President Barack Obama could face his most difficult challenge thus far. He’s now the parent of a teenager. Along with participating in festivities for the Fourth of July, the Obama family also celebrated the birthday of their eldest daughter Malia who turned 13 years-old on Monday.
During a recent interview, President Obama spoke about his daughters growing up. “I could not ask for better kids,” he said. “I’m not anticipating complete mayhem for the next four or five years. But I understand teenage-hood is complicated.”
Although raising teenagers can be challenging at times, there are several steps that President Obama and other parents can take to make sure that their child’s teen years go as smoothly as possible.-amir shaw
1) Pay Very Close Attention:
There is a good chance that your teenager will act a certain way at home and act differently when around friends. Naturally, teenagers tend to discover their own strengths and weaknesses by associating with their peers and taking on some of their traits. But it’s important that your teen doesn’t develop bad habits at an early age. Without stunting your teen’s need for discovery, pay close attention to their actions and those who they associate with.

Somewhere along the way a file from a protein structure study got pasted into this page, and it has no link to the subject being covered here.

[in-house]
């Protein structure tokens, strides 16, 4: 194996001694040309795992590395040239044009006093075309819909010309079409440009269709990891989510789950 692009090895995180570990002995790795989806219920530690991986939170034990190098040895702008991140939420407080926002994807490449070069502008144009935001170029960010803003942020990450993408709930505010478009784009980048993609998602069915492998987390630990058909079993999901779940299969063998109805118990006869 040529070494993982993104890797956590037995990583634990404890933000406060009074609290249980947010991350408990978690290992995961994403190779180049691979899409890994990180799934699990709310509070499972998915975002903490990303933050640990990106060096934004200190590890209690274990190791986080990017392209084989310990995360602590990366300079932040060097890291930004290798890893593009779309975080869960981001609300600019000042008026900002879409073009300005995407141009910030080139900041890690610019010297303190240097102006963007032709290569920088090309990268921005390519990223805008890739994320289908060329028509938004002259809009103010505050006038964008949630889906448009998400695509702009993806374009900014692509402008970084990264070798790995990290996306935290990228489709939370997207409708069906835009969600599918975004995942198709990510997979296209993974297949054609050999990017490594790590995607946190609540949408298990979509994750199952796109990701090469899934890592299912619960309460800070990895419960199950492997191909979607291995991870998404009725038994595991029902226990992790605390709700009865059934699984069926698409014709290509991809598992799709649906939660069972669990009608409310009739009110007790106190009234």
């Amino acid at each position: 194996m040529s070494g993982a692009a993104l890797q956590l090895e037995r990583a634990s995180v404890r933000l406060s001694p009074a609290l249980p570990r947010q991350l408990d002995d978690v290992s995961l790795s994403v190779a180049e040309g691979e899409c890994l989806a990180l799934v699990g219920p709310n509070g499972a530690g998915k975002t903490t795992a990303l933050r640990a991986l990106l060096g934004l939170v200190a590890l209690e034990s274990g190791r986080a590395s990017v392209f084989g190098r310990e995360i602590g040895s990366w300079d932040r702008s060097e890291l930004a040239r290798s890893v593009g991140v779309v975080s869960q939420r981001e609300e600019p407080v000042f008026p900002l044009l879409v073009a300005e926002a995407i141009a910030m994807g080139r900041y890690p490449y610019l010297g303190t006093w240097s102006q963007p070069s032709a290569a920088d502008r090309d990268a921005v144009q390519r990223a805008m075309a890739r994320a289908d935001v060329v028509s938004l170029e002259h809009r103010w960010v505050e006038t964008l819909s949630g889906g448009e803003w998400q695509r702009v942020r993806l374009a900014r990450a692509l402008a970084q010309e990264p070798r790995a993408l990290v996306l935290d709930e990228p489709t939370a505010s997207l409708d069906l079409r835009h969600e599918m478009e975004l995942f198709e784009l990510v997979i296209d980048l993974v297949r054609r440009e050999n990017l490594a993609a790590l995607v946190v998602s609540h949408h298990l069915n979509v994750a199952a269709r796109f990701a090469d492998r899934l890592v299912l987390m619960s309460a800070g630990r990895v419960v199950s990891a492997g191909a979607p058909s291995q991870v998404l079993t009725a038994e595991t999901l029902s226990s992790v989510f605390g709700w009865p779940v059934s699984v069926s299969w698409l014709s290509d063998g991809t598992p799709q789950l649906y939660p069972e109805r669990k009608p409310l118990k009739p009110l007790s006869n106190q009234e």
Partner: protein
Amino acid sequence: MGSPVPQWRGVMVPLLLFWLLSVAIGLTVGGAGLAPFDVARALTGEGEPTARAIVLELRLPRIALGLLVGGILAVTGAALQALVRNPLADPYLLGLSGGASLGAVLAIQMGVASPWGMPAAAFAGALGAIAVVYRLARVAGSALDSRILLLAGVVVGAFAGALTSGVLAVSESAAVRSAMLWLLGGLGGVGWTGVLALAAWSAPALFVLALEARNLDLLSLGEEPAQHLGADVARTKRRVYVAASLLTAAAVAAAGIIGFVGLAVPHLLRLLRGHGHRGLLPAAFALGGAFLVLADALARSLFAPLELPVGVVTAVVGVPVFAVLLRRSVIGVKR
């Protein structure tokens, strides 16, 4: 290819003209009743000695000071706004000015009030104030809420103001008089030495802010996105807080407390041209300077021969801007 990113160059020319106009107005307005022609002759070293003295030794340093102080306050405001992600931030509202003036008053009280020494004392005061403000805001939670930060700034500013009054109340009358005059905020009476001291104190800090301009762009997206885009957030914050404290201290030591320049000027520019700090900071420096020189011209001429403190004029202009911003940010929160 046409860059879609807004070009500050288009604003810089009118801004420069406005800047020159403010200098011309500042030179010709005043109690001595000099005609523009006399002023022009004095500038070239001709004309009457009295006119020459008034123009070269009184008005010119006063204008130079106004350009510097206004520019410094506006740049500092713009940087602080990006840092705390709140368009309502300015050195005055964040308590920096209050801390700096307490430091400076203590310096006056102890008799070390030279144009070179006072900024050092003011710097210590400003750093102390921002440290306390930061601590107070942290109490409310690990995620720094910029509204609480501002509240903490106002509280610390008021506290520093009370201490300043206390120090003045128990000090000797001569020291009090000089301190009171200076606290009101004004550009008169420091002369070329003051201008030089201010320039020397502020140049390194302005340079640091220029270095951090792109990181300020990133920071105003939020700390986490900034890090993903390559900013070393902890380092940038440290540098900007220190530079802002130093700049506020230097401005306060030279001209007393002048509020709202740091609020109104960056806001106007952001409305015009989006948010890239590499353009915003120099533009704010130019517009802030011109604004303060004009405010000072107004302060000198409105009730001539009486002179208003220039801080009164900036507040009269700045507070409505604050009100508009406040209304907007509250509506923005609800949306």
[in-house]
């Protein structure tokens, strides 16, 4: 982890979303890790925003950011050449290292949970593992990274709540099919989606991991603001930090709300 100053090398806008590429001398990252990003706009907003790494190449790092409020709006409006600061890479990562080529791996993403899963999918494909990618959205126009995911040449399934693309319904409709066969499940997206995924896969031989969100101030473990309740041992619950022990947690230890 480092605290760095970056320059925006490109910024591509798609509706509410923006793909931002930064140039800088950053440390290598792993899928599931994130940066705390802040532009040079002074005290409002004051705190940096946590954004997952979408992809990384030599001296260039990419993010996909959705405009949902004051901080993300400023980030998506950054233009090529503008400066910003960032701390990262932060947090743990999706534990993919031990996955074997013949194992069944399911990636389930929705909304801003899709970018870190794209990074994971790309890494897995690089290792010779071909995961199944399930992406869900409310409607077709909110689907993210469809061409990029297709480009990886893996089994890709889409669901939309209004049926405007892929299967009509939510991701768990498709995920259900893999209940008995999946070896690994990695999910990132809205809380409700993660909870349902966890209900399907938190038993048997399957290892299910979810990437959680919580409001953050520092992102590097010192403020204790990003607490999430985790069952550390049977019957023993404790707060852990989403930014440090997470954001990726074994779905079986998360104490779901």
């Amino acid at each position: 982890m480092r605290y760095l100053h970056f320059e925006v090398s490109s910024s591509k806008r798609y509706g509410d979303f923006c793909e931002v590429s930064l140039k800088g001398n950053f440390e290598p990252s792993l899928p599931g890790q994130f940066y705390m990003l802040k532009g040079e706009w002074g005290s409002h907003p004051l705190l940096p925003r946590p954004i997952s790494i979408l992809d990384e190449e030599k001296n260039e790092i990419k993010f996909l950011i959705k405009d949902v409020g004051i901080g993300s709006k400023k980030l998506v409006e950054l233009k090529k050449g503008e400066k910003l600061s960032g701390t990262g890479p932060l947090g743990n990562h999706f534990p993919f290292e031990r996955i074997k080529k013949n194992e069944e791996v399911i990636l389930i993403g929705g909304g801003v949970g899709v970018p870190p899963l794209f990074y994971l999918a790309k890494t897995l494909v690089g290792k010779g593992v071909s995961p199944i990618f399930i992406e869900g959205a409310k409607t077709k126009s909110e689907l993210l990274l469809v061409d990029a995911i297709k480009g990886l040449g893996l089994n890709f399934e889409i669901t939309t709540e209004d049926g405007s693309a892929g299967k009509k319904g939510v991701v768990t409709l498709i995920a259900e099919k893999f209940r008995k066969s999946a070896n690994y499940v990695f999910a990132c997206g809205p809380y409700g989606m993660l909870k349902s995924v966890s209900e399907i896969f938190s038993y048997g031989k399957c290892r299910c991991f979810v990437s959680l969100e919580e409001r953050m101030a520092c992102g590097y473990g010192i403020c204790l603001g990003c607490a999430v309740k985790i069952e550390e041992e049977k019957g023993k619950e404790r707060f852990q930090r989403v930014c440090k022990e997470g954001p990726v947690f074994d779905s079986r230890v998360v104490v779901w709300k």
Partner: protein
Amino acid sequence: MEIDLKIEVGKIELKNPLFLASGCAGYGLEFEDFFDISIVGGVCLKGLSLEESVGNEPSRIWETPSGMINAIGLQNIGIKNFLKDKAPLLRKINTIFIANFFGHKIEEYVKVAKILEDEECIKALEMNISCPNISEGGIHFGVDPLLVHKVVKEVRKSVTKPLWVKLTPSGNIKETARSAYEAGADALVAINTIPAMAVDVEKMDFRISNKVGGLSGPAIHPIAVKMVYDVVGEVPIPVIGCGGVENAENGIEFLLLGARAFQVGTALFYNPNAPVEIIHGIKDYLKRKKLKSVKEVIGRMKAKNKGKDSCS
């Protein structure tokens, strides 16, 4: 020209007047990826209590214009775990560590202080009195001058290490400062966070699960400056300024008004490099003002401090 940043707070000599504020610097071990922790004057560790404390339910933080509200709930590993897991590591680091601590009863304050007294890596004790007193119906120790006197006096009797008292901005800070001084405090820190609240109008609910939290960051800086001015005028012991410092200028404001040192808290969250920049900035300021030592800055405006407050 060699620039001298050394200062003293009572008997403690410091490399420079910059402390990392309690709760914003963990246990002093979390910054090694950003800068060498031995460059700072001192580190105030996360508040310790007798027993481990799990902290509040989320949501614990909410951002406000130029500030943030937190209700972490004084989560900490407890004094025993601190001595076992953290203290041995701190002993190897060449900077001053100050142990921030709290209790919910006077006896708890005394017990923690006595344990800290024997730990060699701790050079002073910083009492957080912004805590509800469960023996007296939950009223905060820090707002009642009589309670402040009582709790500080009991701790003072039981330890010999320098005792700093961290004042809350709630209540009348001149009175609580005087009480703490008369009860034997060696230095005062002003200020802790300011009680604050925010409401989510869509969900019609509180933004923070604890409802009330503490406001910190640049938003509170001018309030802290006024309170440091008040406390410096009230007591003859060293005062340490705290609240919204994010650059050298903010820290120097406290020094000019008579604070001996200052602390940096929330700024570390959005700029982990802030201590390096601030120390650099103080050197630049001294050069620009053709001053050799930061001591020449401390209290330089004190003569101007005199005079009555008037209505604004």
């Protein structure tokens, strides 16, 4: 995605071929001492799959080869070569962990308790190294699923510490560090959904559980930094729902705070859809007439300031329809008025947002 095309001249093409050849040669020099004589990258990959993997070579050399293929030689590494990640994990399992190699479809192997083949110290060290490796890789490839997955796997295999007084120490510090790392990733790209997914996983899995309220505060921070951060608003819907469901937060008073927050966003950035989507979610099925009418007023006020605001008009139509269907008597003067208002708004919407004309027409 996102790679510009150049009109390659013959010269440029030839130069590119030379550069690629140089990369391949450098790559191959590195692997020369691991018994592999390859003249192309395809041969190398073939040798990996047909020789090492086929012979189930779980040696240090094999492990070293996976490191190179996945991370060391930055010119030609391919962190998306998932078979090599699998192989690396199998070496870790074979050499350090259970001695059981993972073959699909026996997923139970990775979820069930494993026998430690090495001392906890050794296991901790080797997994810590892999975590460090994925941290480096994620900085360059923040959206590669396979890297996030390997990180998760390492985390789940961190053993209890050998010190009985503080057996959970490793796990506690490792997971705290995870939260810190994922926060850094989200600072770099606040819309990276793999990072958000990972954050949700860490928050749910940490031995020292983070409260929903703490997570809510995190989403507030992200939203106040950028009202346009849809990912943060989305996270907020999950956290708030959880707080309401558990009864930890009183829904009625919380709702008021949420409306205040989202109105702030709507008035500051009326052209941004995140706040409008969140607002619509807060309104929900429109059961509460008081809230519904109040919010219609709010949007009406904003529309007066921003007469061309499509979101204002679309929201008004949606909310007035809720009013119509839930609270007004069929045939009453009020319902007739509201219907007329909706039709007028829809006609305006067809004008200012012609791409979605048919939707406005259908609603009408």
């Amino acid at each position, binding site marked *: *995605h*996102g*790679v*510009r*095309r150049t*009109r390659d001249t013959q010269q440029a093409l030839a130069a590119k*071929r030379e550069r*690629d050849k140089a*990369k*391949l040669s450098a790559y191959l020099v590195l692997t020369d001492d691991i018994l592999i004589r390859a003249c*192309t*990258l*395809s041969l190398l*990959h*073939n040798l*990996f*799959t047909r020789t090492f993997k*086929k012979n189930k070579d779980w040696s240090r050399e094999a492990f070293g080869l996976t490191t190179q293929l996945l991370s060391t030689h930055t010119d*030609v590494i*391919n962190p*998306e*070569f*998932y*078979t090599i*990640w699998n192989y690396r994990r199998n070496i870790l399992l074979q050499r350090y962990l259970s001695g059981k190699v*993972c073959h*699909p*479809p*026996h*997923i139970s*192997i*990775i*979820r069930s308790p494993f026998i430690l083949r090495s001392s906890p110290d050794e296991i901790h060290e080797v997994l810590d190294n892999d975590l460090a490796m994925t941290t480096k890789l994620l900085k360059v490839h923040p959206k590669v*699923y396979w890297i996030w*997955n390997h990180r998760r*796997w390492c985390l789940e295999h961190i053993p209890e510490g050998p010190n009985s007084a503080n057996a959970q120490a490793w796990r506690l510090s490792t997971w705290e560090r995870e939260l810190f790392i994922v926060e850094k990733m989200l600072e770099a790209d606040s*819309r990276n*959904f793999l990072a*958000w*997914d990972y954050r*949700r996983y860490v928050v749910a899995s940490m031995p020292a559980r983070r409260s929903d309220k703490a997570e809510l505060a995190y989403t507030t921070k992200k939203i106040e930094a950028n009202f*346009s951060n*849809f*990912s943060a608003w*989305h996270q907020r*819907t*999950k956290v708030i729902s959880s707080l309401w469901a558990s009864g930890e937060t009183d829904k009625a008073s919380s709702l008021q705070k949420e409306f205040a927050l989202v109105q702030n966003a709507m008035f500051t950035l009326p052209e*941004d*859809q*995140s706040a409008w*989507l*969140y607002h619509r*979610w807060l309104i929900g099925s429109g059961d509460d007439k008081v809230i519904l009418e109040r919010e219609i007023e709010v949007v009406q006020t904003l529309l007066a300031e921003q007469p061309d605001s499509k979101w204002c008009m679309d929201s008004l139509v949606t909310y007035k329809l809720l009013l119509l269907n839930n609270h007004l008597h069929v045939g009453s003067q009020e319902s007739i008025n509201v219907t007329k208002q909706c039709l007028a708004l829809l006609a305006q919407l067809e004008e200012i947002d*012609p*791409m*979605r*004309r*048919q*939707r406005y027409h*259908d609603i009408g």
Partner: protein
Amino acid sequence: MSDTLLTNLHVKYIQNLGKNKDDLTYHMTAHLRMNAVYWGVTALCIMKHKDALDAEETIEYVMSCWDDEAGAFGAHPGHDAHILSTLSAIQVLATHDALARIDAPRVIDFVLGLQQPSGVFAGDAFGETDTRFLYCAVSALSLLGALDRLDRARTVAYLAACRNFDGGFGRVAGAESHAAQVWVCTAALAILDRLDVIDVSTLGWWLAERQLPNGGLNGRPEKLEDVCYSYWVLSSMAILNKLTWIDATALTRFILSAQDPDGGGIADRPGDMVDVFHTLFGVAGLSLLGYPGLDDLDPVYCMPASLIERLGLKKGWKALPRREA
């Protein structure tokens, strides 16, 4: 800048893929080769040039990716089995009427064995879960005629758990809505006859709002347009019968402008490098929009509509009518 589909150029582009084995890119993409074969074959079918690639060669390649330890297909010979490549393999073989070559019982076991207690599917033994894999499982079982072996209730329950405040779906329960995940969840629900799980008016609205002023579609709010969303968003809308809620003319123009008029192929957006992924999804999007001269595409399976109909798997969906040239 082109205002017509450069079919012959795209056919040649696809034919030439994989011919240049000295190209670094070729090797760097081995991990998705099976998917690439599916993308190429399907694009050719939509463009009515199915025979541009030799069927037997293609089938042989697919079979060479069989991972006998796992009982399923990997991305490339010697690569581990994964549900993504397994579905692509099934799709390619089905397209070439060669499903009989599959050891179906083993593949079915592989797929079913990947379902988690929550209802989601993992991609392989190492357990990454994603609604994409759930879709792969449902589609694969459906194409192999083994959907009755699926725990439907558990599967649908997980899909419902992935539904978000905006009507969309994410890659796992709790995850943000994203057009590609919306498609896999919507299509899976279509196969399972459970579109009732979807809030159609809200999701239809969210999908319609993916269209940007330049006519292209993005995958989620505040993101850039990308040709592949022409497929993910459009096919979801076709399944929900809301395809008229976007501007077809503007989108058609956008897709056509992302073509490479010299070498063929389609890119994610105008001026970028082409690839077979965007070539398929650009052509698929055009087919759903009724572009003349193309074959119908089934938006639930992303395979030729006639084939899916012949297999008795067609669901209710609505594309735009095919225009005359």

Teens must learn that there are good and bad consequences for their actions. Reward your teen for high achievement and discipline them when they break the rules. It’s also important for both parents to adhere to those same rules. Teens are fast observers and they will test, likely in a conniving way, both parents to see if the rules that are set remain consistent.
3) Love Your Teen, But They’re Not Your Friend:
Listen to your teenager’s problems, provide good advice, and be active in their life at school and programs outside of class. But remember, you are not your teenager’s friend. Some parents have a need to be accepted by their teens and will do whatever they can to make sure that their child isn’t upset with them. But it’s important to be firm with your teen even when they scream and bury themselves in their rooms out of anger. The sooner your teen realizes that pouting will not help them get a job or secure a loan, the better off they will be.